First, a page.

Kakao responds to heat, promises generosity

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Kakao responds to heat, promises generosity

 
Kim Beom-su

Kim Beom-su

 
Kakao will pull out of some businesses that compete with small, independent stores, taking seriously the government’s recent rhetoric against big internet companies.  
 
The tech company behind instant messenger Kakao Talk will phase out a service delivering flowers, desserts and salads that have been offered through its taxi-hailing affiliate Kakao Mobility.  
 
The service has been considered tough competition for mom-and-pop retailers. 
 
Founder Kim Beom-su vowed fundamental changes to Kakao's approach to business Tuesday.  
 
"We received a powerful alarm from our society," said Kim in a statement Tuesday. "As such, Kakao Corp. and its key subsidiaries have resolved to boldly abandon the growth method we have pursued for the past ten years. We are aiming to make a fundamental change that will enable socially responsible growth.
  
"We must and will build a model for Kakao and all our partners to grow together," he said, "especially in line with our core belief of a better world created by technology and people."
 
In transportation-related services, Kakao Mobility will shut a taxi-hailing option called Smart Call, in which extra fees are charged to connect users with taxis more likely to accepting their ride requests.   
 
The Kakao T app, run by Kakao Mobility, will abandon a fixed rate policy for its designated driver service and switch to a variable rate between 0 percent and 20 percent depending on supply and demand. This is more affordable: currently, it charges a 20 percent blanket rate.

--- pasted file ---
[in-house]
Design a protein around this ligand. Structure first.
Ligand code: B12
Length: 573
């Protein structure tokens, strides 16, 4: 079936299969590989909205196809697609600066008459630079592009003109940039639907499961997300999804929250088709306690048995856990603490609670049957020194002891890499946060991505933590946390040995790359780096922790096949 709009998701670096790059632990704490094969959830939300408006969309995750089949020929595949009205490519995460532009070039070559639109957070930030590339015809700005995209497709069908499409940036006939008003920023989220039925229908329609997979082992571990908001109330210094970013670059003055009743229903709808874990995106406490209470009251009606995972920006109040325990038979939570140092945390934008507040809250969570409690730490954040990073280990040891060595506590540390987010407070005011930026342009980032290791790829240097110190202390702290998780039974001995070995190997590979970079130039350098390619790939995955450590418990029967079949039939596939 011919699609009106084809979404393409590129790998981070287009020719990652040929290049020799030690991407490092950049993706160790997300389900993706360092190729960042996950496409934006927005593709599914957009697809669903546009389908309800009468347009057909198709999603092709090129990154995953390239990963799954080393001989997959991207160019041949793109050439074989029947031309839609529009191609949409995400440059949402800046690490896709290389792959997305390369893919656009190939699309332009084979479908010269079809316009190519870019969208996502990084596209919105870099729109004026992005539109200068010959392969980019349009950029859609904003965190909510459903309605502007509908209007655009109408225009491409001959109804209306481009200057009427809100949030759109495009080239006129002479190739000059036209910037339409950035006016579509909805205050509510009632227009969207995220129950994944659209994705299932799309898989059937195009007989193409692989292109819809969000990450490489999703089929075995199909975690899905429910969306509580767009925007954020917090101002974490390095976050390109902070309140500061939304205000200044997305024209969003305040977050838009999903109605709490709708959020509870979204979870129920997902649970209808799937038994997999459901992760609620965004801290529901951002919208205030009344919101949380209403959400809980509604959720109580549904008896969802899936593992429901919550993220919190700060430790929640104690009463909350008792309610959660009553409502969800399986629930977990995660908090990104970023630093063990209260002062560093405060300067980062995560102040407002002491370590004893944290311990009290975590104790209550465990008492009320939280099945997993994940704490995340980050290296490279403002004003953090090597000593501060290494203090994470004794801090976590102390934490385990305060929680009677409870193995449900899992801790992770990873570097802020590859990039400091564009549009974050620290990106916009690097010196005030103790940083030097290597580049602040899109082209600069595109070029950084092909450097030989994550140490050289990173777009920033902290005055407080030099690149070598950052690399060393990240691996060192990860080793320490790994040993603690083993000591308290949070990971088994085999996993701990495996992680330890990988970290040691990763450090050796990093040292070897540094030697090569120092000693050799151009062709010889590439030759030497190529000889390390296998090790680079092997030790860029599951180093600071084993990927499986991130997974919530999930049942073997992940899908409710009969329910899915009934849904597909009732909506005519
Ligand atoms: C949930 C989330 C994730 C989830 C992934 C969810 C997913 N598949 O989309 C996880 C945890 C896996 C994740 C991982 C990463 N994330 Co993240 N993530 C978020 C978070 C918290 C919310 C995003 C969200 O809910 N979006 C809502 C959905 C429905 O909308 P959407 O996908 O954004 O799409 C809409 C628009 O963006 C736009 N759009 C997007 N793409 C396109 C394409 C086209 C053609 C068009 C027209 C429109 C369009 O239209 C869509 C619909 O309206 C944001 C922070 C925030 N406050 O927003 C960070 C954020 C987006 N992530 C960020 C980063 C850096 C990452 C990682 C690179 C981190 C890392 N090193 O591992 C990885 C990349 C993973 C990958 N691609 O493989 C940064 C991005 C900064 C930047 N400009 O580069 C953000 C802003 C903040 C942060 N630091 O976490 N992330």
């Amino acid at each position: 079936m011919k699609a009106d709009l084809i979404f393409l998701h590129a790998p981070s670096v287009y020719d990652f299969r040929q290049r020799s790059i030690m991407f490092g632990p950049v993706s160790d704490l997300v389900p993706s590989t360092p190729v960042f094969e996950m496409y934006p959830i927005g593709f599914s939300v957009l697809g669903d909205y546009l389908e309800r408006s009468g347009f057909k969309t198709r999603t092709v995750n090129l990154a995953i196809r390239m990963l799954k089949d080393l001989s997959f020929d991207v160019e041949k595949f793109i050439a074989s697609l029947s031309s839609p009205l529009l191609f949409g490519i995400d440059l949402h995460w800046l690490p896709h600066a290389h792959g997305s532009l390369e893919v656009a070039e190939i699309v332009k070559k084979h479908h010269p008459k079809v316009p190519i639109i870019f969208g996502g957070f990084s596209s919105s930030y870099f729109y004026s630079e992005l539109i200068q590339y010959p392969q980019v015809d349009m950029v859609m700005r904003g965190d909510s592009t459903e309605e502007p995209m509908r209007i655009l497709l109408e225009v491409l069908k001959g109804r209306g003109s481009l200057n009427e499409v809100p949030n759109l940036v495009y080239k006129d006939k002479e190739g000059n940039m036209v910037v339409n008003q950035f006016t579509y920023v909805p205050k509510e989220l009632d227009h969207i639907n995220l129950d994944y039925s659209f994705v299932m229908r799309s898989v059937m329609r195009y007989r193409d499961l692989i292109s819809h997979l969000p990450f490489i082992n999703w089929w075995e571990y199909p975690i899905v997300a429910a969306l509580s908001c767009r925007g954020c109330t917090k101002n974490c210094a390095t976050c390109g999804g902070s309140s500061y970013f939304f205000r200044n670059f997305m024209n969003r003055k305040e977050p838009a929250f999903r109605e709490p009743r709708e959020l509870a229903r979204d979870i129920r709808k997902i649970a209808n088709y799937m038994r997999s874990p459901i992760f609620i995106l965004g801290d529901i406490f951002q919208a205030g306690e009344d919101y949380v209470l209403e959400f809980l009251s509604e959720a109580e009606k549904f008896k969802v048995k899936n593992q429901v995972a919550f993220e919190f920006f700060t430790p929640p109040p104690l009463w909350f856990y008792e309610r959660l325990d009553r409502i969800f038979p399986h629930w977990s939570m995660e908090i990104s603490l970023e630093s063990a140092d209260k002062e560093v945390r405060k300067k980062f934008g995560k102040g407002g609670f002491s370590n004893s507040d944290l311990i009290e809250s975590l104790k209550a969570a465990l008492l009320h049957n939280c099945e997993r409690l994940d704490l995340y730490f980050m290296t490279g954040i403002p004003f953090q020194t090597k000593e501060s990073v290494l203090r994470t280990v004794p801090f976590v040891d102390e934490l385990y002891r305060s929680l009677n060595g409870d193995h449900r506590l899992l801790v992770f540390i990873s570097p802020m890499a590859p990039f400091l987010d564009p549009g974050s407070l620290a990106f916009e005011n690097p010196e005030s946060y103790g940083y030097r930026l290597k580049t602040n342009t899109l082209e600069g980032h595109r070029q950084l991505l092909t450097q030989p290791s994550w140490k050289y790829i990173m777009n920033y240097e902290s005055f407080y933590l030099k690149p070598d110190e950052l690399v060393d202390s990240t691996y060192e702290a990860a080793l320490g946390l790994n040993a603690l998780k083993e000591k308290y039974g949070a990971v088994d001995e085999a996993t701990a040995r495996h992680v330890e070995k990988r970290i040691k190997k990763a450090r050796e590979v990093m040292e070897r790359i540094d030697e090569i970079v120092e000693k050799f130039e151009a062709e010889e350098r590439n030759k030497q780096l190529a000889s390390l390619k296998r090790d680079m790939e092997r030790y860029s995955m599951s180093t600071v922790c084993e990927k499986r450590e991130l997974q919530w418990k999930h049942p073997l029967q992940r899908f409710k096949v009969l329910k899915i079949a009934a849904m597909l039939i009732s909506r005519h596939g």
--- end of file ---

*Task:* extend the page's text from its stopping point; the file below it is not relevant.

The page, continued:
In a gesture of support for small merchants, Kakao vowed to create a fund worth 300 billion won ($256 million) over five years that will be used to support its partners and self-employed people, including taxi drivers.  
 
The promises came after the group came under scrutiny for its aggressive expansion built on its original service, the wildly popular Kakao Talk messenger.  
 
Kakao had 115 local affiliates as of June, with that number rising to 158 if overseas subsidiaries are included.
 
At the top of Kakao’s complex corporate governance is K Cube Holdings, a de facto holdings unit 100 percent
owned by Kim.  
 
This week, the Fair Trade Commission (FTC) raised questions about K Cube Holdings, accusing Kim of failing to make disclosures about K Cube Holdings or falsifying them over the last five years.  
 
Local media has reported that the agency launched a probe into that allegation, although the FTC declined to confirm.  
In Tuesday's announcement, Kakao noted that its holdings unit will “focus on creating social values in the area of future education and talent development.”
 
Still, Kakao and other IT giants like Naver face more scrutiny from lawmakers and the bureaucracy, who are questioning the clout they have built up through their apps and services.  
 
The FTC plans to amend the Fair Online Platform Intermediary Transactions Act to oblige big online retailers to sign a contract with sellers when deciding to carry products on their e-commerce websites. Currently, the two parties aren’t obliged to draw up contracts.
 
If the amendment is made, the contract will have to include the size of commissions the platform operators will receive.  
 
 

BY PARK EUN-JEE [park.eunjee@joongang.co.kr]
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